Zarberg, this is where we agree completely. The only way that capitalism can work without hurting large numbers of people is for the consequenses of risks to fall on those to take the risks. With the “too big to fail” idea, risks are taken, but the risk takers are isolated from any negative effects. Bailouts by the federal government is a missuse of our tax dollars. I am not an anti-tax person, I know that we need a certain amount of taxes to support the functions of government, but bailout is not one of those functions.

    I do not blame the president. He is a cheer leader and an advocate, but it is congress who bares the blame for all of the activities that have driven us down this road. Even today, as we have salary freezed for the actual workers in the governement and shut down of factories that support government contracts, the congress has not passed a budget. Until we actually implement restrictions on legislation that benifits specific groups at the expense of others we will continue to see these problems.

    Remember that the big donors are the rich, corporations and the large unions. Unions are important in protecting workers in many instances, but the larger unions are using their power of size to the same extent as the rich and corporations.


  2. Someone Commenting
    Jan 12, 2012 @ 19:30:58

    Let’s face it. Capitalism is dead. Capitalism as a “pure” form of economics just isn’t in use in any “western” country and probably not any country at all. This is a good thing. There are elements of capitalism that are good and useful, but capitalism as an ideology works about as well as communism as an ideology-that is to say, not at all.

    This is what the government needs to do: Tax, tax, tax, spend, spend, spend. Actually, it could even be borrow, borrow, borrow, spend, spend, spend. But the economy won’t improve without some stimulus and private corporations just aren’t going to provide that. As it is, the wealth of the country is all horded up in the top 0.5% (yeah, I know “We’re the 99.5%” is a terrible slogan but there is a steep gap between even the 1% top earners and the 0.5% top earners). It doesn’t do anyone any good there. We need to get it out into circulation, into the hands of people who will actually use it, who will buy, produce, and create, if given a chance. In short, the non-millionaires.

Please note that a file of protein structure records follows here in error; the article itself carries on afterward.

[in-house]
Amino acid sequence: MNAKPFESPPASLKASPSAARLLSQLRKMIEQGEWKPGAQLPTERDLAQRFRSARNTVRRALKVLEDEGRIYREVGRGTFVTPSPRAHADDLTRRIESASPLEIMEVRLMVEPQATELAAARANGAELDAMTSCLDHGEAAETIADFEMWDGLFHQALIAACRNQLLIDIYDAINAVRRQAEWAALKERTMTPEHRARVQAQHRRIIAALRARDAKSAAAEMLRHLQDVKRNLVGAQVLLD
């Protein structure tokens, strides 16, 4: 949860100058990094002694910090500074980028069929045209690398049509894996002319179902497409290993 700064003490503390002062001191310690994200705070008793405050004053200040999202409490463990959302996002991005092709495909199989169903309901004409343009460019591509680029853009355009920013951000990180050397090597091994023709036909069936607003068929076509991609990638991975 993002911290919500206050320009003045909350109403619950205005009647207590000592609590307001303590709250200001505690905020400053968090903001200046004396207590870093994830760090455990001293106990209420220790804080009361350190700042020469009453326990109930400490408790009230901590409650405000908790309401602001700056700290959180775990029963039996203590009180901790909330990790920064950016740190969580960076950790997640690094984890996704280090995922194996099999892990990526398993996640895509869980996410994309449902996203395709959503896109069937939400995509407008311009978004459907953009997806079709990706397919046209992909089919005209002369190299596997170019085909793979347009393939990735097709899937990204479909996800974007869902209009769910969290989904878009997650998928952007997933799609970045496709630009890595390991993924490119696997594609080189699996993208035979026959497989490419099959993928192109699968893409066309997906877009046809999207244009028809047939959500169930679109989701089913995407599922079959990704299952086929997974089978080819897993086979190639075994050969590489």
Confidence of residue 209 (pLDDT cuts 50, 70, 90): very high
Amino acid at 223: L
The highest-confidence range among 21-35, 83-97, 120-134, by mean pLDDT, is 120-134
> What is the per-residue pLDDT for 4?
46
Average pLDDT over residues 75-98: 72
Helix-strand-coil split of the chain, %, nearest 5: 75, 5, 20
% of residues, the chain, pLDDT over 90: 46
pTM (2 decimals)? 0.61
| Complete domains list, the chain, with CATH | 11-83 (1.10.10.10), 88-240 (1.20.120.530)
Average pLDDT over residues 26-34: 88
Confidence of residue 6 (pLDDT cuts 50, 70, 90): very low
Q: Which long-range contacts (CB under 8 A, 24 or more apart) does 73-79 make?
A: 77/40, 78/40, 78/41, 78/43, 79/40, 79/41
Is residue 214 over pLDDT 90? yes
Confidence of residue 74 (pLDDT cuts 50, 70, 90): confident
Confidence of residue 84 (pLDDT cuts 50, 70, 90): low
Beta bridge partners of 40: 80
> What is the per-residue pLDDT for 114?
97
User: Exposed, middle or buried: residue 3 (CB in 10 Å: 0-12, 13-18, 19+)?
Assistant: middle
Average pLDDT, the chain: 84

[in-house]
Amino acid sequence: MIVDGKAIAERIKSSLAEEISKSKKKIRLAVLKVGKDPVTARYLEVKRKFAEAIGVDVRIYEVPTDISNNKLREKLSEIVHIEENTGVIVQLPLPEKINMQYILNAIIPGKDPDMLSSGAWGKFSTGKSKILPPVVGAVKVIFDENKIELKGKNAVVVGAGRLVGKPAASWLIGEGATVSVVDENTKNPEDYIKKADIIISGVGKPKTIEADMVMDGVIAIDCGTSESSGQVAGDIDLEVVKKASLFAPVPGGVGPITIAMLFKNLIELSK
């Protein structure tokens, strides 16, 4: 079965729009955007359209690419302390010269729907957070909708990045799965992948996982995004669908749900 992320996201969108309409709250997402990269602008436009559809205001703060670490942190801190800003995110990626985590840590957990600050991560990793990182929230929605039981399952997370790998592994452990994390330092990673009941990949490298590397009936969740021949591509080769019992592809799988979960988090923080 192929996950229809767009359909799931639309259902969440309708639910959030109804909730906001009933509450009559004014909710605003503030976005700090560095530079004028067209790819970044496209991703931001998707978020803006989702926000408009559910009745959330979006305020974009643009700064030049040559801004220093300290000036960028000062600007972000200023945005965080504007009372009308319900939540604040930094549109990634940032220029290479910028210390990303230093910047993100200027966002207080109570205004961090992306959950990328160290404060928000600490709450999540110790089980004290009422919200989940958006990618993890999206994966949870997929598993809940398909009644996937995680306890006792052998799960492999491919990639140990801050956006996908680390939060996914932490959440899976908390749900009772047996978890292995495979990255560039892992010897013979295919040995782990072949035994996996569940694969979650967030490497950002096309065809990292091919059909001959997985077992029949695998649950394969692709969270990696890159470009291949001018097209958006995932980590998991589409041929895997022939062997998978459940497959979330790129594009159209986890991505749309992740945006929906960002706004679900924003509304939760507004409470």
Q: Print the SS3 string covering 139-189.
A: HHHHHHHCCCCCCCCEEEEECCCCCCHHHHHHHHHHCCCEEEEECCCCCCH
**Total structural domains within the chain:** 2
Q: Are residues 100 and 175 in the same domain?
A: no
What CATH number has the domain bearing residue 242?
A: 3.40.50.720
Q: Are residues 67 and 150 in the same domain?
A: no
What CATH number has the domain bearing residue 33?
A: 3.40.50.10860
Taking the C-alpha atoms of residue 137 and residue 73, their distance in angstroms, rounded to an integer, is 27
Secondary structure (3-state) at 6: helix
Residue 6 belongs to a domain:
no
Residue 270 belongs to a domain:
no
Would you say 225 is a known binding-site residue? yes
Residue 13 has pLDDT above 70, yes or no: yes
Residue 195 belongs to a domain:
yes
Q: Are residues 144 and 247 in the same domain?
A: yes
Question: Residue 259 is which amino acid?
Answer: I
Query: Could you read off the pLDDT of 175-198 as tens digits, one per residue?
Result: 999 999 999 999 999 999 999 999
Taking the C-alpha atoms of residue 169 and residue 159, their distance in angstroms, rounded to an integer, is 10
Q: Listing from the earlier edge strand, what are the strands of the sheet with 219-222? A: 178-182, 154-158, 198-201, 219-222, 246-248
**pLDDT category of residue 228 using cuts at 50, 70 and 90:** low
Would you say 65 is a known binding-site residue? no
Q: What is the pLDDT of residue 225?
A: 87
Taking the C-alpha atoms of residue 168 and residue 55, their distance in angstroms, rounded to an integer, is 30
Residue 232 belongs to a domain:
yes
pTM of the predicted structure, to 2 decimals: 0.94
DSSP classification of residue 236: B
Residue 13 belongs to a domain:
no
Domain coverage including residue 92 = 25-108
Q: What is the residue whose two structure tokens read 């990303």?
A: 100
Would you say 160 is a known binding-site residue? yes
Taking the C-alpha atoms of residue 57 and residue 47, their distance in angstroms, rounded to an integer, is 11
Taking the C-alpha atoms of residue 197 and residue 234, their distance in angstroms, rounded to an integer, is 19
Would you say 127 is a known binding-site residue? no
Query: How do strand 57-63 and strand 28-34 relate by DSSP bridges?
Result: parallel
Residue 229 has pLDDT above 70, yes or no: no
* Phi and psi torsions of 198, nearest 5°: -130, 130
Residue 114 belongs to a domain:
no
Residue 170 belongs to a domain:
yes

3. Martin Kelly
    Jan 12, 2012 @ 20:56:11

    I have to disagree with you Someone. If the government does Tax, tax. tax, spend, spend, spend or worse borrow, borrow, borrow, spend, spend, spend, the problems that Zarberg outlined will only get worse. If the government is owned by the to 0.5% and that same government is going to choose the winners and losers (bailouts and extra taxes) the problem is compounded not solved. We would push the 99.5 % lower with taxes or bury our children with spending.

    Pure capitalism can only work in small communities, just like communism. When the community is too big (I have ready that the tipping point is 1000 people), either system will result in abuses and individuals who are simply left out. We in the united states have a mix of capitalism, regulation and socialism (i.e. social security). In my opinion, the goal is to get the best balance of each. Capitalism to allow the accumulation of personal wealth, regulation to prevent or at least mitigate abuses, and socialism to provide a safety net to those who are unable to achieve or fail so irrevocably that they cannot recover on their own.

    I guess I have now labeled myself as a tea party 99%er 😉


Leave a Reply